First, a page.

“Half the money I spend on advertising is wasted; the trouble is I don’t know which half.” – John Wanamaker
I think we can all agree that the internet is like a giant calculator. Our ability to track is unparalleled and still, money is wasted by advertisers. In this new economic reality, we’re discovering a psychology where decision makers are more hesitant to make changes, take chances and, instead, are waiting for the storm to blow over. In my opinion, when times are tough there’s a tension and fear in offices that’s absent when everyone’s feeling flush. The tendency is lay low and fly under the radar. This means that there is a real need to be careful about waste. There’s a fragility today and little tolerance for mistakes.
We conduct billions of dollars of business everyday via e-mail, IM and telephones and it’s easy to forget that we’re dealing, not with numbers only, but with human beings who are bundles of passions, hopes, dreams and fears. And we have relationships with them. We’re connected.
Work in social psychology, cognitive psychology, and anthropology is making it clear that all learning takes place in settings that have particular sets of cultural and social norms resulting in expectations. These settings influence learning and transfer in powerful ways. If this is true in the classroom, and if it’s true that your job is primarily that of a teacher, then you must ask yourself questions that can’t be quantified but affect the ability to actualize success for your client, your company and yourself. These include but aren’t limited to the following:
• Do you have a good relationship with your employer?
• Is the environment you work in conducive to clear thinking?
• Does your team spark your thinking in new directions?
• Are you interested in long-term relationships?
• Do you believe it’s more profitable to keep clients than to keep looking for new ones?
• Does your media plan have a high probability of meeting or beating client mandated success metrics?
• What quality relationship do you have with the decision maker?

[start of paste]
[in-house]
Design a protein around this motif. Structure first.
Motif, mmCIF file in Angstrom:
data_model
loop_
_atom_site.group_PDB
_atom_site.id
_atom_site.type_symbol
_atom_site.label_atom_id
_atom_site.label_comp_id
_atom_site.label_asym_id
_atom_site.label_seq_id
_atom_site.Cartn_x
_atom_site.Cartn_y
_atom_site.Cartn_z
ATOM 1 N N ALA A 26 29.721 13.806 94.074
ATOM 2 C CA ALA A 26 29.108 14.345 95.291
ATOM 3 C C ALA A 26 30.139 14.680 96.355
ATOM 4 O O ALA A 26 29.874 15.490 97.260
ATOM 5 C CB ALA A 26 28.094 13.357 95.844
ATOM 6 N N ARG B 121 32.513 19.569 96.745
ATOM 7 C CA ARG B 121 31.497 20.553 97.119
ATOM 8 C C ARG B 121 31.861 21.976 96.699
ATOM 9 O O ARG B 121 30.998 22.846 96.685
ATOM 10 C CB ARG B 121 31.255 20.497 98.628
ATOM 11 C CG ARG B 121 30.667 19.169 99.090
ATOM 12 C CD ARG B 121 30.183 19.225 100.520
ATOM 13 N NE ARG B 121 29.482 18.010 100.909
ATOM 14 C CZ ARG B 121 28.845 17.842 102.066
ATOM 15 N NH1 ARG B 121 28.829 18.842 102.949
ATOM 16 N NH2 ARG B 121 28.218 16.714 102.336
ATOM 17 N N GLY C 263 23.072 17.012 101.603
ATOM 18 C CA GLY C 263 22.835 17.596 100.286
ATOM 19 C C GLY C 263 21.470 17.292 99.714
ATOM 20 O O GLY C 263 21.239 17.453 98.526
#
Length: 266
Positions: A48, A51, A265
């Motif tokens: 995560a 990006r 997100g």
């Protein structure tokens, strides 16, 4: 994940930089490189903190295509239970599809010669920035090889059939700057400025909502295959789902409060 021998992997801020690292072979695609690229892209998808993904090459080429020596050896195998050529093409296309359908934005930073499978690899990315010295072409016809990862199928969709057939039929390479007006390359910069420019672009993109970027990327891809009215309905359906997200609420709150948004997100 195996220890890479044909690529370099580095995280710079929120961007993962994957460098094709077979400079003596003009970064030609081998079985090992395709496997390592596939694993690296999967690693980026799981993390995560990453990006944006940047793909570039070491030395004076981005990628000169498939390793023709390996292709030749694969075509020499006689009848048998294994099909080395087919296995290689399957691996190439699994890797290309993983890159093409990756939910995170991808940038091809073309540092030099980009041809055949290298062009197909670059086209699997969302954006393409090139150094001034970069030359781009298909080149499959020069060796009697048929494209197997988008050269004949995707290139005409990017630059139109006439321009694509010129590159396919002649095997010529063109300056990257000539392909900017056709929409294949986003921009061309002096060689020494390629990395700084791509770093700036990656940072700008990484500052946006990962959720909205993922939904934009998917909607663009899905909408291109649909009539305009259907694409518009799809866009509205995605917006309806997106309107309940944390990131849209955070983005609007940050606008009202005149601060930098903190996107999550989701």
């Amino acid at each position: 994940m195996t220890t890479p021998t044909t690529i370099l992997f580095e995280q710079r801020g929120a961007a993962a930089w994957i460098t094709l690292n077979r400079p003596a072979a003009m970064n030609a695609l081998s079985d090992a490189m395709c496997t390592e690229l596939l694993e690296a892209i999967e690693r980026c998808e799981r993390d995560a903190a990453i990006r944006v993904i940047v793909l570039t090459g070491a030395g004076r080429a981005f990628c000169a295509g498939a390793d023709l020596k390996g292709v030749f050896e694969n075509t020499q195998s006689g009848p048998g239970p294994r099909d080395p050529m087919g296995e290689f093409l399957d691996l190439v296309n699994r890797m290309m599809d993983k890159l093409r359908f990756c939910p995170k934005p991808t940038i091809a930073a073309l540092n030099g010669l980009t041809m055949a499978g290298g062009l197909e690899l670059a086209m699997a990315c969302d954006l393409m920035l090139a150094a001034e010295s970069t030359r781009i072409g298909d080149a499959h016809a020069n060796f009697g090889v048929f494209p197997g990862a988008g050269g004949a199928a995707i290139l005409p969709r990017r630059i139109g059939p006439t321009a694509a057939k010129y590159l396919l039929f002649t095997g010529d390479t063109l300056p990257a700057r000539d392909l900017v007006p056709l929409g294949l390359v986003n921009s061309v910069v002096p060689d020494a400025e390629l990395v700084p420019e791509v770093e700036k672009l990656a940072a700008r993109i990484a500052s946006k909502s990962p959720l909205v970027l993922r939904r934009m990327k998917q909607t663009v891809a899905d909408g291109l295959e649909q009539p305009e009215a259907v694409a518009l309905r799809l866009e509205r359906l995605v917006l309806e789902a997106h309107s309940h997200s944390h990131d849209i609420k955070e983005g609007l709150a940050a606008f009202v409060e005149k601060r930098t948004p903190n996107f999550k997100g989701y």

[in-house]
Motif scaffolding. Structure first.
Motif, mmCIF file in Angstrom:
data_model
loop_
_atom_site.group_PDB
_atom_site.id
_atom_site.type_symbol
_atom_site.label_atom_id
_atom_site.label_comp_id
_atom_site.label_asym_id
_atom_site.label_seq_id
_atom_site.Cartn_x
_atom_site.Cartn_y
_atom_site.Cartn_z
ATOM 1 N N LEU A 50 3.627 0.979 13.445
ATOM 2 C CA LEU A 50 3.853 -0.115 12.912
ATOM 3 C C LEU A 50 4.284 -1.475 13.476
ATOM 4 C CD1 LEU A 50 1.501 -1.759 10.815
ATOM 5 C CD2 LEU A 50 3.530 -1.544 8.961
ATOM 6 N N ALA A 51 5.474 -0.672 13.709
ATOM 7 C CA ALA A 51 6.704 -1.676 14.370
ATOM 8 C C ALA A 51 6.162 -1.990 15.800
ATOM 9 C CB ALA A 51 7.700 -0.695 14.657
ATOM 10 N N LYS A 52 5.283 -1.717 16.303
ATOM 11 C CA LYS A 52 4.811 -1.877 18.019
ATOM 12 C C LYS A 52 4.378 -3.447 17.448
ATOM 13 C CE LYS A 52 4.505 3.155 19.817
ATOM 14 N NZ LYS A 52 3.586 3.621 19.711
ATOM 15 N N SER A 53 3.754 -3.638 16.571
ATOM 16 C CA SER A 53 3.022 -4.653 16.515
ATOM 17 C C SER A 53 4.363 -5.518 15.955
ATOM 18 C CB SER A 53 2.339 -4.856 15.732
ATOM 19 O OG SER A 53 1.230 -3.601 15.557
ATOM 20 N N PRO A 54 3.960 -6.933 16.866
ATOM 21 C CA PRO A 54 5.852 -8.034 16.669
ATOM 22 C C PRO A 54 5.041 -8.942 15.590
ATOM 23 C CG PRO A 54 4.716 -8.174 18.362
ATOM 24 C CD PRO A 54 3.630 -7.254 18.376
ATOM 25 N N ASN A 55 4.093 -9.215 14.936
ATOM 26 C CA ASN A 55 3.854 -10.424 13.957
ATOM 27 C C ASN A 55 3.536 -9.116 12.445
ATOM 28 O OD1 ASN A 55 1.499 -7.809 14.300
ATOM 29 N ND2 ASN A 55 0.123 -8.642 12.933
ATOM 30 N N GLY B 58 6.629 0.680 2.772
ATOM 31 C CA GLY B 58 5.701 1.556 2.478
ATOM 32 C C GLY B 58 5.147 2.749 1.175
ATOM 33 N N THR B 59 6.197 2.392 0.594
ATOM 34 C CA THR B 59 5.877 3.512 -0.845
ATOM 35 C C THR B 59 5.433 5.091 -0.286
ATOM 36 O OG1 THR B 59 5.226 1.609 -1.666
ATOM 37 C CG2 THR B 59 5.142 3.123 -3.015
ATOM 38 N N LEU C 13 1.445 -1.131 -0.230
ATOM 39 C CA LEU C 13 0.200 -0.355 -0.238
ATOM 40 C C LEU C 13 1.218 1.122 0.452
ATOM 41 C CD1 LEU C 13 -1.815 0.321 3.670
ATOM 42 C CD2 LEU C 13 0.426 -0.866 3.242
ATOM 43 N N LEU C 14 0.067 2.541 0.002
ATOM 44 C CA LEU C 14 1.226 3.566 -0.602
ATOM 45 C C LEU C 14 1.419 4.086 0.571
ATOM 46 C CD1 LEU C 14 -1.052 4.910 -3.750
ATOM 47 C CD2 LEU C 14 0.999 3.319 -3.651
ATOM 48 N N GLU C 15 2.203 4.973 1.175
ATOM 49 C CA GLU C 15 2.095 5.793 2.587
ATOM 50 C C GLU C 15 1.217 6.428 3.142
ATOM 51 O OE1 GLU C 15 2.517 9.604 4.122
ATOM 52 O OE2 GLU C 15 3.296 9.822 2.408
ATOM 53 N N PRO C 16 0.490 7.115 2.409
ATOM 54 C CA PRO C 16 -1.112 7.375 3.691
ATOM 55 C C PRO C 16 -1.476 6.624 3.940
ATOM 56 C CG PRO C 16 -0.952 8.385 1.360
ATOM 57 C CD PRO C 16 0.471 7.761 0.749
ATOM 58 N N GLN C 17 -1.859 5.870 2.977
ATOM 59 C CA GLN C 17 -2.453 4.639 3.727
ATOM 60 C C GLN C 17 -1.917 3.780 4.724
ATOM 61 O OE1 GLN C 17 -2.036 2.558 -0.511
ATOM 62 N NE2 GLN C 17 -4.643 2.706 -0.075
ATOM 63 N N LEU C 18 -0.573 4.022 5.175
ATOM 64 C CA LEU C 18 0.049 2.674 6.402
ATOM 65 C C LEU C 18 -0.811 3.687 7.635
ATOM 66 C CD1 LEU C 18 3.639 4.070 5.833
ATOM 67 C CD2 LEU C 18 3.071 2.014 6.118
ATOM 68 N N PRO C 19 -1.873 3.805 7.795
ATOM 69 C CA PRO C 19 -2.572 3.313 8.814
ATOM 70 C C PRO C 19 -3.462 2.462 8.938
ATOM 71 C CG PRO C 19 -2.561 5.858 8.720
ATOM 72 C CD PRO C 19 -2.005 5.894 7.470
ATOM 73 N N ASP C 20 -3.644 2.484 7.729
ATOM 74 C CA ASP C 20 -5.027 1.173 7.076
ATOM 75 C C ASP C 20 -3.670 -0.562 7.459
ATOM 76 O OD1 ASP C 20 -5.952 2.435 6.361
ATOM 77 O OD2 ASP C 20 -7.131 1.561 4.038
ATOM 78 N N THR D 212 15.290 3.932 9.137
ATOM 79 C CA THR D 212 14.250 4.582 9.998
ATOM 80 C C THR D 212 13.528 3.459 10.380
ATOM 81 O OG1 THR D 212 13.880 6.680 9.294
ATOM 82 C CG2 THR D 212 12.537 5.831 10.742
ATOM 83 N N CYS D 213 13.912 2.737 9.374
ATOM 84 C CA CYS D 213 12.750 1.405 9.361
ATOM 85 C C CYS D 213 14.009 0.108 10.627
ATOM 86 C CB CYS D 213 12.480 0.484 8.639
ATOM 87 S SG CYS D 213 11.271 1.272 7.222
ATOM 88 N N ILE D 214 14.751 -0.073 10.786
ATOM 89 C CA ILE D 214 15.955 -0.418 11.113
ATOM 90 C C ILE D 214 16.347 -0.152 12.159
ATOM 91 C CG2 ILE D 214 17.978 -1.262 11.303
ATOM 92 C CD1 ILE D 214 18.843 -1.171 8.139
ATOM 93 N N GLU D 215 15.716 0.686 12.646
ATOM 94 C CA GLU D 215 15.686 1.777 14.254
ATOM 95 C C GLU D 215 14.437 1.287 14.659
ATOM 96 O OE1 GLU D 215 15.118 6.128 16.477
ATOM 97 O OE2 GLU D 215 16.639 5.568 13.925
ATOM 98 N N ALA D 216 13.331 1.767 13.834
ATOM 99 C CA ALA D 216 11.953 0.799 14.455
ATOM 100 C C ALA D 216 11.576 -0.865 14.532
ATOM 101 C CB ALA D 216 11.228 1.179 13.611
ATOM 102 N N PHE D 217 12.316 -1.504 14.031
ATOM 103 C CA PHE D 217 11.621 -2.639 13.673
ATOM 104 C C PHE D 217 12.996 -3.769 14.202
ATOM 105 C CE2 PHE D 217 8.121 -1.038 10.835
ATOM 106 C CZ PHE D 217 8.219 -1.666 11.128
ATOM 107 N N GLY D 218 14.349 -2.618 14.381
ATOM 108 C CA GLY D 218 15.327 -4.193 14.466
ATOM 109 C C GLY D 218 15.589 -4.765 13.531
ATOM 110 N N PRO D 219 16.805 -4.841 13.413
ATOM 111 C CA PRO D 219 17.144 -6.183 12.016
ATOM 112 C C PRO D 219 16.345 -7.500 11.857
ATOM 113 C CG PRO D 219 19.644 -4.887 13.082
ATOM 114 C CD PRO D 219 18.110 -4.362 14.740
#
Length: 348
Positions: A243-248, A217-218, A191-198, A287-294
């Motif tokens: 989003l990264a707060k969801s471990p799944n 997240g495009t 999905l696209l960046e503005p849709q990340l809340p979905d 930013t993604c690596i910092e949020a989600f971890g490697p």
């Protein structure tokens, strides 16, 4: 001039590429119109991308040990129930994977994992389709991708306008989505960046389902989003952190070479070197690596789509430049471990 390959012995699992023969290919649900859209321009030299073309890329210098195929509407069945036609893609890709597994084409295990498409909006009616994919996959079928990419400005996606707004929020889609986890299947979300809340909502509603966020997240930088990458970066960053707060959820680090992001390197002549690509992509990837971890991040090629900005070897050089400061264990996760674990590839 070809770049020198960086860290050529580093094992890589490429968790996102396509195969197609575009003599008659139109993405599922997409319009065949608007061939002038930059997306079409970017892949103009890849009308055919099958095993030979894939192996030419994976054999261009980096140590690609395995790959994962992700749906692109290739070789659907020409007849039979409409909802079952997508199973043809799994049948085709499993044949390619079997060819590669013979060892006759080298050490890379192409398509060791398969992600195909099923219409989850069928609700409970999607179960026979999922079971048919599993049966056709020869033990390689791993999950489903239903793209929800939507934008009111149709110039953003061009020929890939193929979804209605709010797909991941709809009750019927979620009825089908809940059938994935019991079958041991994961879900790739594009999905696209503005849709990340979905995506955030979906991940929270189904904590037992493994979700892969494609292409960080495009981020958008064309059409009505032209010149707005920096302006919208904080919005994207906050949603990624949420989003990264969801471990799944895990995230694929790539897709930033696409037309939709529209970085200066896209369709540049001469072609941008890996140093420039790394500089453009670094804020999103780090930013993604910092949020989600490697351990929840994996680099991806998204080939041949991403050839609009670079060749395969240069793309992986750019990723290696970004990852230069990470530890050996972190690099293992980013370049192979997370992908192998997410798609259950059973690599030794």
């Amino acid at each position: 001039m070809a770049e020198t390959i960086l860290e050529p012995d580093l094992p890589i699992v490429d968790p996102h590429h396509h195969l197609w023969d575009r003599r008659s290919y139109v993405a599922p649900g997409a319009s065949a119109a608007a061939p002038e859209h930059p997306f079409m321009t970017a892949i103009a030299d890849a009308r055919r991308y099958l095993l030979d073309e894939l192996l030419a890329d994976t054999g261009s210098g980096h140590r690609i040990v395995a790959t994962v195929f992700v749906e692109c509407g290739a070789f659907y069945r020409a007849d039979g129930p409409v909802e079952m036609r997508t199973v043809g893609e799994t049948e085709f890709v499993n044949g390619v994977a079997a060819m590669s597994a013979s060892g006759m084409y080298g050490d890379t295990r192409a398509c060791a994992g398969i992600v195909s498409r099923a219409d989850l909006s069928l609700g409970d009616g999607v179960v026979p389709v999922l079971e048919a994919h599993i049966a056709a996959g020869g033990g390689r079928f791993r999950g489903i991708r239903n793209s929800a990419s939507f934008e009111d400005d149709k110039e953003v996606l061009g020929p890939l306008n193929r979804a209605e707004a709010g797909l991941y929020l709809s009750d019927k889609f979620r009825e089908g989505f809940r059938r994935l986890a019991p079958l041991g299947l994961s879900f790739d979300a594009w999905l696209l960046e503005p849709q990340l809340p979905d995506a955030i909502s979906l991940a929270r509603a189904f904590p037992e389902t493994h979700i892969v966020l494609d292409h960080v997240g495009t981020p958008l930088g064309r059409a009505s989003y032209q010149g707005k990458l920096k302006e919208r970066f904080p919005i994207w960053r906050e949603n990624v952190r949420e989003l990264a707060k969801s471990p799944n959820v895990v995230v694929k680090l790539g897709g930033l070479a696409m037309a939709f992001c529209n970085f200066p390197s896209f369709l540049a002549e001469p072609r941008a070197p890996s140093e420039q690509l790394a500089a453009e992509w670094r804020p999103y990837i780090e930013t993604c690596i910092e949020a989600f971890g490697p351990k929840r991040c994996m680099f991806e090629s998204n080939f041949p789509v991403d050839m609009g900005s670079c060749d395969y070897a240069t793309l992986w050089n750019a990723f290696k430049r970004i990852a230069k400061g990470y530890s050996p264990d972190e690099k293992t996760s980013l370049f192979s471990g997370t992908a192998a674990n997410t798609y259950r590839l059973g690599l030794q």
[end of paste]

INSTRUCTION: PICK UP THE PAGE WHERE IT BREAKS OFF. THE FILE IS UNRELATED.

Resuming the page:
• Can it be improved?
• What can be intuited from the sound of a decision maker’s voice, their posture?
• Based on that person’s responses when you present new advertising opportunities, do you push forward in an ego-driven need to launch a new campaign?
• Do you use your clients as new media guinea pigs?
• How much of the company’s ethos is reflected through that person’s responses?
• What is that person’s relationship to the economy? What is your relationship to the economy?
• How much would a person with that title earn?
• Are they upside down on their home?
• Are you upside down on your home and if so, are you desperate to close deals at all costs?
• What, ultimately, is the cost, to you, of closing deals that have little chance of driving quantifiable revenue gains for the advertiser?
Furthermore, it’s critical that you understand your advertiser’s relationship to the marketplace which would include, of course, the audience. We all presumably study psychographical details derived from conducting current customer analysis for our clients but do we consider the demographics, the lifestyle, of the network audience we’re proposing to broadcast a message into?
For example, the MSN demographic, is highly educated, has a high average household income, primarily female and spends a considerable amount of time online. What advertisers, what products would have a high probability of creating a relationship with an end-user who fits that profile? What type of ad copy would that end-user respond to? What colors? How would you create a relationship with that person that results in a conversion? Once you’ve delivered a buying customer, is your advertiser prepared to create a relationship that will deliver a life time value for the advertiser and the customer?
Before you run a campaign ask yourself waste lessening questions like these:
• Is my advertiser’s product/service the type that the chosen demographic will enter into a relationship with for the purpose of buying?
• What will the relationship between the ad, the eye and the brain be?
• In that relationship have I included causative agents that will compel the end-user to take the actions I want?
• Once the end user goes to the landing page, what presentation will be made that will lessen the natural anxiety shoppers feel when they go somewhere new?
Of course there are many more questions to ask, but this gives you an idea of the direction I suggest you go.
In closing what does all of the data you’ve gathered tell you? What should your next move be? Will it enhance relationships or diminish them? Advertising isn’t an exact science and never will be as long as people are involved but, in my opinion, looking at relationships will help to eliminate some of the waste.
In quantum physics, a fundamental branch of physics with wide applications, the relationship between particles change and can never be duplicated as soon and as long as a scientist is put into the system to observe. The approach I’m suggesting could be viewed as my beginning theory of quantum marketing physics.